The species burrows to nest, laying up to three eggs that are tended equally. Because of the temperate climate where the Humboldt breeds, the species does not have as distinct a breeding season as Antarctic penguins. The male and female alternate time on the nest, and chicks are born after about forty days.
Depending on the current for food, the Humboldt spends less time in off-shore waters than other species, attracted to deeper waters to feed. It is only visitors on Peru tours to the southern coast who will have a chance to glimpse Humboldts, and then most likely if they plan their travel to Peru during June and July. Here within the 692,000-acre Paracas National Reserve, 187 miles south of Lima, the Humboldts come to breed on the Islas Ballestas off the peninsula’s shore. Located a few miles south of the town of Pisco, the Reserve is one of the world’s most important seabird sanctuaries because of the multitude of species it attracts. Visitors on Peru tours may tour the Paracas National Reserve by boat.
Humboldts live on cliffs as far north as Punta Aguja in the Bay of Sechura south of Piura, Peru and as far south as the Punihuil Islets off Chiloe Island in Chile Patagonia. The species is attracted to Chile’s coast north of the capital around Valpariso and Vina del Mar because the current comes closer to shore in this region. These areas are a popular destination for visitors on Chile tours who come here for the resort villages. Between Valpariso and Zapallar, observation points are located on land or may be accessed by boat. A colony of about 1,500 breeding pairs may be seen during travel to Chile at the off-shore Isla Cachagua National Monument about thirty miles north of Vina del Mar. A colony also makes its home near the coastal national park of Pan de Azucar about 230 miles south of Antofagasta.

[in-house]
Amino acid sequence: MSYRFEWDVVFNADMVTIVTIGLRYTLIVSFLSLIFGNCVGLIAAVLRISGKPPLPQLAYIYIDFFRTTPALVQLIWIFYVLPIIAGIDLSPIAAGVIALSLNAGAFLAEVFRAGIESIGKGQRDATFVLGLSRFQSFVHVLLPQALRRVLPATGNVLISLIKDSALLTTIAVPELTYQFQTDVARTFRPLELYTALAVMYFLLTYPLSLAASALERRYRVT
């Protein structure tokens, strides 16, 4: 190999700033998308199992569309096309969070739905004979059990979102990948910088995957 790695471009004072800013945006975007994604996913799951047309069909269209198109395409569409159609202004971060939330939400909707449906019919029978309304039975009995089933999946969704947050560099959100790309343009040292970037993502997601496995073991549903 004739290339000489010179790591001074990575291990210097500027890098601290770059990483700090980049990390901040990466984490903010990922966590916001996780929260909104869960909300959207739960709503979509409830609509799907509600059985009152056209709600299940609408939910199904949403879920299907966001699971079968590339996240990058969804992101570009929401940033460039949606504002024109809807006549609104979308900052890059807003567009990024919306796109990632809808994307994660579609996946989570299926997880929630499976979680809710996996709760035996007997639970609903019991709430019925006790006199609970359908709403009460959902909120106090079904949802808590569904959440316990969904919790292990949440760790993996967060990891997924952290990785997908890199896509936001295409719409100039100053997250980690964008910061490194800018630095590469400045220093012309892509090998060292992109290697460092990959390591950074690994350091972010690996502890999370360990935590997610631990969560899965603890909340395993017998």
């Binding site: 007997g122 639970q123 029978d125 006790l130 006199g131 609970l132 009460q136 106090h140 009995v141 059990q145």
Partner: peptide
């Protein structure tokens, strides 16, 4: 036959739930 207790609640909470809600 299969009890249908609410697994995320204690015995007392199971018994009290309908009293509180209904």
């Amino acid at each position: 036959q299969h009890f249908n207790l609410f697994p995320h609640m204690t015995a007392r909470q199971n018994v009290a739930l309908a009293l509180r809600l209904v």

The Humboldt is far rarer than the Magellanic. A total of just 12,000 breeding pairs is known to exist, most found in Chile. Disturbances to the Humboldt Current such as those caused by El Nino, have a major impact on the species. The status of the Humboldt is “Vulnerable” due to commercial activities that reduce food supplies and disturb breeding sites. Commercial trade in the species has been banned.